Creating a wildlife haven one plant at a time

Monday, April 9, 2012

Founding Gardeners (Earth Day Reading Project)


Mountain Laurel 'Kalmia latifolia'

Did you know that...

John Adams experimented extensively with manure making.

George Washington left his generals just before the invasion of New York so that he could write to his estate manager about planting groves of flowering trees at Mount Vernon.

The garden of Philadelphia farmer and botanist John Bartram played a significant role in the Constitutional Convention.

I learned these intriguing facts about the men that shaped our country from read a fascinating book written by British design historian Andrea Wulf.


 The Founding Gardeners
~ The Revolutionary Generation, Nature and the Shaping of the American Nation

examines the gardens and farms of George Washington, Thomas Jefferson, John Adams and James Madison. It explores their love of gardens, nature and agriculture and the influence it had on their political ideas. The book details how each of these men developed their properties: Mount Vernon (Washington), Peacefield (Adam's farm in Quincy), Monticello (Jefferson) and Montpelier (Madison).

Swan House



A fascinating aspect of this book was to learn how each of these men viewed their natural surroundings and how this influenced their approach to farming and gardening. The book describes how George Washington liberated his garden from its 'claustrophobic corsets of geometry' after returning from the war. He was the first to plant trees and shrubs from all thirteen states as a visual expression of the young nation.


Jefferson meticulously categorized native plants by medicinal, edible, useful and ornamental purposes. He was a pioneer in growing native plants and incorporating them in his garden design.


May-apple 'Podophyllum peltatum'


As I was reading about these great men I couldn't help but think how we have come full circle in gardening as we again encourage these practices today.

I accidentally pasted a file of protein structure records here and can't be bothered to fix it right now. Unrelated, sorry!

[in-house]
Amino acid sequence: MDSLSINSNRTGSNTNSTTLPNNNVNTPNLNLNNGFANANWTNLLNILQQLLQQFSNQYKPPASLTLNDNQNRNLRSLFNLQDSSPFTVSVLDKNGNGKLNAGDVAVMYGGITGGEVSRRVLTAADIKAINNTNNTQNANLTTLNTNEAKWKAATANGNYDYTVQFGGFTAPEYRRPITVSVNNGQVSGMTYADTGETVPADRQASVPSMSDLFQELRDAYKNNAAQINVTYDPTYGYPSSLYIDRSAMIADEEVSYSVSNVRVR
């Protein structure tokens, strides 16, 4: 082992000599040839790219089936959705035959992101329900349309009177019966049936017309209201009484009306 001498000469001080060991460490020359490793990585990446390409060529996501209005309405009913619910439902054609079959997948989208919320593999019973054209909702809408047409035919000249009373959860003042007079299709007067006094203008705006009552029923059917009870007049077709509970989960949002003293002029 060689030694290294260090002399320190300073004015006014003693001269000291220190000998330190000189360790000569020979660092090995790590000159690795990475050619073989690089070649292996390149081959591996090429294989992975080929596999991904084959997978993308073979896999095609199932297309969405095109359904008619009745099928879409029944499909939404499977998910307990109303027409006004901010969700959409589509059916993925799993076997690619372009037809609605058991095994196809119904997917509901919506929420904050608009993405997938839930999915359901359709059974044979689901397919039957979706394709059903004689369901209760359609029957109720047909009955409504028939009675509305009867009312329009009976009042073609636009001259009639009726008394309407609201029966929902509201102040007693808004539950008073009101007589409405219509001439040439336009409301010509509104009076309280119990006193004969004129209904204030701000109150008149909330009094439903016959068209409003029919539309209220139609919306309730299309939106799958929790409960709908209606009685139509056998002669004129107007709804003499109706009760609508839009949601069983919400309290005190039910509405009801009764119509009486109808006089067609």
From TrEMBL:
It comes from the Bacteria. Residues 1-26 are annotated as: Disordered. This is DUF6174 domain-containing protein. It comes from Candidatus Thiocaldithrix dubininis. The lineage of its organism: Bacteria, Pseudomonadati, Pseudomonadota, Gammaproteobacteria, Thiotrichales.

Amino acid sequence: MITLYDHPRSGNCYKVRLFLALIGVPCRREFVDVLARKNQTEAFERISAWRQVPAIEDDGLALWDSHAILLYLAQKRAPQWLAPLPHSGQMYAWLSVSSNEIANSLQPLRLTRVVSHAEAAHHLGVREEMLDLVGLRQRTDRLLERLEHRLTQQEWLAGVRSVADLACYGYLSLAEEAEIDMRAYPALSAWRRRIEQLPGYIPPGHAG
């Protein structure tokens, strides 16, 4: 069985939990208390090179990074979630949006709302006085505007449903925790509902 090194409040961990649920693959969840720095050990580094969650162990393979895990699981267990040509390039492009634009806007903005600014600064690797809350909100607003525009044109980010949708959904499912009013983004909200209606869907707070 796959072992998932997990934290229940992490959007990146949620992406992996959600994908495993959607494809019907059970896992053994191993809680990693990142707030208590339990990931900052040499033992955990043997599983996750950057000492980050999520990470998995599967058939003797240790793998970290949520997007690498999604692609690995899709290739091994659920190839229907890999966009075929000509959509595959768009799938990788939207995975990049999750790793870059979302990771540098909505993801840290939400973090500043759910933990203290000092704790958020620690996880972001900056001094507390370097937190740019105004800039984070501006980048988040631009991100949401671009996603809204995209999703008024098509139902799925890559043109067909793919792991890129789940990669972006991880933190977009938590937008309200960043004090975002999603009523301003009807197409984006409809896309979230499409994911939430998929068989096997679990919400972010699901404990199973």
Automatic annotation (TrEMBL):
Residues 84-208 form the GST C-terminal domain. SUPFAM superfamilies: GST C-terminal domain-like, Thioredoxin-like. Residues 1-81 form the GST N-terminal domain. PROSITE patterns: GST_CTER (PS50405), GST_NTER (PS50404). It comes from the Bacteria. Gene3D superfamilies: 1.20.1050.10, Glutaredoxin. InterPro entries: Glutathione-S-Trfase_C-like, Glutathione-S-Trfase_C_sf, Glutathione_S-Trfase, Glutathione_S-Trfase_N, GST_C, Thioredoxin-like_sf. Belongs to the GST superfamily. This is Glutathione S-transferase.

All these men also firmly believed that small-scale farming in principle fostered independent people. 'As long as a man had a piece of land of his own that was sufficient to support his family...he was independent'. (Benjamin Franklin)




Agriculture imagery was often infused in their political writings and speeches. These men exchanged the latest gardening and agricultural books, shared valuable seeds of new crops and reported about their harvests and compared their experiments. Sound familiar? As the first president of the Agricultural Society, James Madison spoke about living off the land without destroying it. Interestingly all these men practiced crop rotation a system I use in my vegetable garden each season.

Adams wrote more on the subject of composting in his diary than any other subject. Over the years  he experimented extensively with manure mixing it with mud, lime and seaweed.  Washington was the first American to build a stercorary, 'a covered dung depository where manure could be stored, aged and mixed.'  These men were truly groundbreaking in this subject since many of the farmers at the time found this practice controversial. 




In a speech in 1818 James Madison warned that humanity could not expect nature to be made subservient to the use of man. Man, he believed had to find a place within the symmetry of nature without destroying it.